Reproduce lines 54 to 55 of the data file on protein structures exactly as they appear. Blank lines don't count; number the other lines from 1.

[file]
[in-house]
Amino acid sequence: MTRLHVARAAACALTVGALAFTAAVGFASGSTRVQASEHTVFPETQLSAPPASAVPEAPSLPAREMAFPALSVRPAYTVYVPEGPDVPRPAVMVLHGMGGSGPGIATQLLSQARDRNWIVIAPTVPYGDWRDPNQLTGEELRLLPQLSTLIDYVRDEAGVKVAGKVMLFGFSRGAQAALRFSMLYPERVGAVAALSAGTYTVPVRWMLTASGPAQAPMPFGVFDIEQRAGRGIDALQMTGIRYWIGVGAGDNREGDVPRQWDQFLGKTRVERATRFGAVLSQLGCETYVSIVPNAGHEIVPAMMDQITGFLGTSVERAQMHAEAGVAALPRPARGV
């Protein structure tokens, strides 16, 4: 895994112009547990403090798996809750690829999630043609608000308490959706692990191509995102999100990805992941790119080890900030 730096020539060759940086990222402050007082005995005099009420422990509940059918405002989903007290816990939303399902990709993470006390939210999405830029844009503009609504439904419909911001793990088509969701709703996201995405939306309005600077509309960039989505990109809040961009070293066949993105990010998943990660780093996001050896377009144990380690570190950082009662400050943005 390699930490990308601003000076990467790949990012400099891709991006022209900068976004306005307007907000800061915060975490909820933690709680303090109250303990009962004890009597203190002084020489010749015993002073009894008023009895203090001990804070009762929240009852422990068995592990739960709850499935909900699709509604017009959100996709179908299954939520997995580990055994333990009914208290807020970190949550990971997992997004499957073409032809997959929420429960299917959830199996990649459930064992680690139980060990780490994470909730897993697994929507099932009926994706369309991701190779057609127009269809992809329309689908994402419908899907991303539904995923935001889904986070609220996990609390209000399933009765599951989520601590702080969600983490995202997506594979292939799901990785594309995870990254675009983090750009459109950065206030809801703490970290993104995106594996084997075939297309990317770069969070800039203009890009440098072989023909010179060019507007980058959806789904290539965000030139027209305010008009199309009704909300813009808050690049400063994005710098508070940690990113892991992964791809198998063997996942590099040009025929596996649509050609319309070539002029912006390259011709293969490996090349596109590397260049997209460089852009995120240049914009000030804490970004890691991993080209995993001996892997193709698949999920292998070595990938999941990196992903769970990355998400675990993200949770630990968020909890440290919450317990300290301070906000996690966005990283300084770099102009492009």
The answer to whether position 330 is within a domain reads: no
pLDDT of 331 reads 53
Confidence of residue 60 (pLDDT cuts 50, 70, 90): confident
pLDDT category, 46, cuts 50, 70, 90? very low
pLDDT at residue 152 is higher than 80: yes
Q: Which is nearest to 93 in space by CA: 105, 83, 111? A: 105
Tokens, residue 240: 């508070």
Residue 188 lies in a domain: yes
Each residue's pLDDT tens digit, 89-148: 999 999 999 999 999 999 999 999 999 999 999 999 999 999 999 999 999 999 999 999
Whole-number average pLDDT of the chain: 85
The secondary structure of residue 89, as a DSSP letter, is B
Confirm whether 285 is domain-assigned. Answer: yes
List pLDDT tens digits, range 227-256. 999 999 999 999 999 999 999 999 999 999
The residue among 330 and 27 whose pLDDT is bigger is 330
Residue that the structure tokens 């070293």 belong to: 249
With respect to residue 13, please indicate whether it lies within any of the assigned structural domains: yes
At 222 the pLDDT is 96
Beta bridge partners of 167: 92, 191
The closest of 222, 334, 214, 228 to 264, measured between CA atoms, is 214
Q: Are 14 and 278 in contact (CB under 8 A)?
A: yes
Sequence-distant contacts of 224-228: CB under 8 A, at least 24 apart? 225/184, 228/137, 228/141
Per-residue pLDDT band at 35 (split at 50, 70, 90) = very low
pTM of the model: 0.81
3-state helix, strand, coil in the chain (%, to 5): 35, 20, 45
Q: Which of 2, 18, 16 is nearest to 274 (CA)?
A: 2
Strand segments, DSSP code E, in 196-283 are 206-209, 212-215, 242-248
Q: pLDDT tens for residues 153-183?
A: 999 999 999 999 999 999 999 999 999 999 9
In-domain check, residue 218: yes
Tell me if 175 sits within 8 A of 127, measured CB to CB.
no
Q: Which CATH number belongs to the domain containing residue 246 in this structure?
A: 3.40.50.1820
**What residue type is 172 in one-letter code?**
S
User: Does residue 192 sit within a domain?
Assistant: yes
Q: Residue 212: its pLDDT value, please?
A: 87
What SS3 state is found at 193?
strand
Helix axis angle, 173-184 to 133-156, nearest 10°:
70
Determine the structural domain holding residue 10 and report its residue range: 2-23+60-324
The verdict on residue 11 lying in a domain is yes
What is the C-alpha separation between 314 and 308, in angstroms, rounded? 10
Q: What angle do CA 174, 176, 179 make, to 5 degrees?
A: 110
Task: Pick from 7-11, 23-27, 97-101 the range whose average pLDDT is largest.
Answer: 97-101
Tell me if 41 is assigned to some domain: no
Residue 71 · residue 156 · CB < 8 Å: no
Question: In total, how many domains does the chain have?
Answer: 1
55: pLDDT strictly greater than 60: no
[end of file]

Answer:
Task: Pick from 7-11, 23-27, 97-101 the range whose average pLDDT is largest.
Answer: 97-101